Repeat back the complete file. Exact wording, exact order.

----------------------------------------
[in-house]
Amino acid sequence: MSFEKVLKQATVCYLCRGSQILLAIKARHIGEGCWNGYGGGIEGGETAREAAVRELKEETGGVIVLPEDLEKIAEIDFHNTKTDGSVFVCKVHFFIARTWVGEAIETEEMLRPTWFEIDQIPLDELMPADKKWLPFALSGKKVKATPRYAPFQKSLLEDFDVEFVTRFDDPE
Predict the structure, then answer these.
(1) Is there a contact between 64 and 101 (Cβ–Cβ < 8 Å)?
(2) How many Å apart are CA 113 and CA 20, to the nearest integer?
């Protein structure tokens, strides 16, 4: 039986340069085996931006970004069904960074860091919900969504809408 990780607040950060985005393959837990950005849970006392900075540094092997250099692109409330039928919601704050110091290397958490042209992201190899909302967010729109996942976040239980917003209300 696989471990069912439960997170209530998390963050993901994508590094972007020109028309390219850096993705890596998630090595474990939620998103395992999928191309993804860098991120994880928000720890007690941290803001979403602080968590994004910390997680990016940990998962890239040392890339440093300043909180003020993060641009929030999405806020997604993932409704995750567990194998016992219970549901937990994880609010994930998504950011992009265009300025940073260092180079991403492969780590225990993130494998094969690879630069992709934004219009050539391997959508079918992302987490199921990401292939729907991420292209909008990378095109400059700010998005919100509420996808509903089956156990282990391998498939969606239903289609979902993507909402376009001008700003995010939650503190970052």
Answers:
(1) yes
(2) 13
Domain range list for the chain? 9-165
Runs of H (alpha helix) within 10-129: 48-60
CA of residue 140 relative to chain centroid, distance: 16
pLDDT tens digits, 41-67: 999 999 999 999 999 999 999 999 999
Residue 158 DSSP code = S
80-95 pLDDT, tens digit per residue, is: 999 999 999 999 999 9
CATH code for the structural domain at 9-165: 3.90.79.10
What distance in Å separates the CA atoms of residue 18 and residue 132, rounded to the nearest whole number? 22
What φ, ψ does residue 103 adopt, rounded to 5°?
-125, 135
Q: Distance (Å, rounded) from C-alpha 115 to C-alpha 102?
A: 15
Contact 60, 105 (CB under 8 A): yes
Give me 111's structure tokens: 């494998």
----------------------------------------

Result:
[in-house]
Amino acid sequence: MSFEKVLKQATVCYLCRGSQILLAIKARHIGEGCWNGYGGGIEGGETAREAAVRELKEETGGVIVLPEDLEKIAEIDFHNTKTDGSVFVCKVHFFIARTWVGEAIETEEMLRPTWFEIDQIPLDELMPADKKWLPFALSGKKVKATPRYAPFQKSLLEDFDVEFVTRFDDPE
Predict the structure, then answer these.
(1) Is there a contact between 64 and 101 (Cβ–Cβ < 8 Å)?
(2) How many Å apart are CA 113 and CA 20, to the nearest integer?
């Protein structure tokens, strides 16, 4: 039986340069085996931006970004069904960074860091919900969504809408 990780607040950060985005393959837990950005849970006392900075540094092997250099692109409330039928919601704050110091290397958490042209992201190899909302967010729109996942976040239980917003209300 696989471990069912439960997170209530998390963050993901994508590094972007020109028309390219850096993705890596998630090595474990939620998103395992999928191309993804860098991120994880928000720890007690941290803001979403602080968590994004910390997680990016940990998962890239040392890339440093300043909180003020993060641009929030999405806020997604993932409704995750567990194998016992219970549901937990994880609010994930998504950011992009265009300025940073260092180079991403492969780590225990993130494998094969690879630069992709934004219009050539391997959508079918992302987490199921990401292939729907991420292209909008990378095109400059700010998005919100509420996808509903089956156990282990391998498939969606239903289609979902993507909402376009001008700003995010939650503190970052």
Answers:
(1) yes
(2) 13
Domain range list for the chain? 9-165
Runs of H (alpha helix) within 10-129: 48-60
CA of residue 140 relative to chain centroid, distance: 16
pLDDT tens digits, 41-67: 999 999 999 999 999 999 999 999 999
Residue 158 DSSP code = S
80-95 pLDDT, tens digit per residue, is: 999 999 999 999 999 9
CATH code for the structural domain at 9-165: 3.90.79.10
What distance in Å separates the CA atoms of residue 18 and residue 132, rounded to the nearest whole number? 22
What φ, ψ does residue 103 adopt, rounded to 5°?
-125, 135
Q: Distance (Å, rounded) from C-alpha 115 to C-alpha 102?
A: 15
Contact 60, 105 (CB under 8 A): yes
Give me 111's structure tokens: 């494998």